Please make your nomination using our specially created form designed to tell us all about your museum.
If you can’t fill in the form or want to send us something extra to make your nomination really shine, you can also make nominations and send supporting materials by email or post.
Email: email@example.com and tell us why your museum should win. If you’re sending us extra supporting material please send as hard copy by post to the address below, not as attachments.
Post: Family Friendly Museum Award, Kids in Museums, CAN Mezzanine, 7 – 14 Great Dover Street, London SE1 4YR.
The deadline for nominations is noon on 31 May 2018.
Promote nominations for your museum
Encourage others to nominate by telling them about your nomination on Twitter mentioning @kidsinmuseums #FFMA18
Find out more about the Award here
The Family Friendly Museum Award is kindly supported by Edwardian Hotels London.
What happens next
A group of volunteers will sift through the hundreds of nominations we receive and whittle them down to a shortlist. The shortlist will be announced on 21 June 2018.
Over the summer, the shortlisted museums are road tested anonymously by our intrepid team of family judges using the Kids in Museums Mini Manifesto as a guide to their family friendliness.
Full terms and conditions for the Award can be found here.
Kids in Museums believes museums are for everyone. But families with a wheelchair user find that some museums are much better than others at making them feel welcome and included in everything there is to see and do.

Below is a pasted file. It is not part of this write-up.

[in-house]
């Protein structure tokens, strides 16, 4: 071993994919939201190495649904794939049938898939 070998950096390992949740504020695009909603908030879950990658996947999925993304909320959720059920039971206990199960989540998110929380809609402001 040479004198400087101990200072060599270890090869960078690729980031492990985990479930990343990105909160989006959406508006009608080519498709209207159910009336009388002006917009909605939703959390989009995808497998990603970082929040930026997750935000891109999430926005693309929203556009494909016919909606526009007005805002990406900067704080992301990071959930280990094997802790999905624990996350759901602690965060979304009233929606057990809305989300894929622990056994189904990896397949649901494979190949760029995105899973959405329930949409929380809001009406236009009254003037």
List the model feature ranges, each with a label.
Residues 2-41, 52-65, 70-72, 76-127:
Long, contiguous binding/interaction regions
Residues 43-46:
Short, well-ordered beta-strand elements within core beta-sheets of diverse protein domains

Wheelchair users come in all shapes, sizes and ages. Some wheelchair users will visit your museum with their parents, others will be the parent bringing their own young family. Some will come as part of a school visit or other group. Some wheelchair users will visit independently and others need someone to assist them. Wheelchair users have different levels of physical strength and different learning abilities. What all wheelchair users who visit museums have in common is the desire to be able to see and experience everything you have on offer – not just the exhibits but also your café, shop, toilets and outside spaces.
Four contemporary art galleries in the North bring in new family visitors with innovative approach
Evaluation shows new approach, funded by Arts Council England’s Strategic Touring Fund, brings in 123,000 visitors but lessons are also learnt
Four contemporary art galleries in the North of England have successfully brought in thousands of ‘under represented’ new visitors by commissioning special exhibitions aimed at a family audience and using an innovative communication approach, their new evaluation shows.
The Gymnasium Gallery in Berwick, Central Art Gallery in Ashton-under-Lyne, Towneley Hall in Burnley and the DLI Museum and Art Gallery in Durham worked together to create the Generation Tour which visited the galleries between September 2014 and September 2016.
The Tour used a research-based approach to audience development and commissioned artists to develop four brand new hands-on contemporary art exhibitions designed to appeal to families.
Lucy Jenkins, Art Curator for Durham County Council, said “This has been a very successful project with rich learning along the way that we can build on. We hope others in the culture sector can also gain something from our discoveries.”
“We embarked on this project because family audiences were under represented in our venues. This was a missed opportunity, not only in terms of visitor numbers but because contemporary art can enrich the lives of families and encourage a lifelong appreciation and interest.”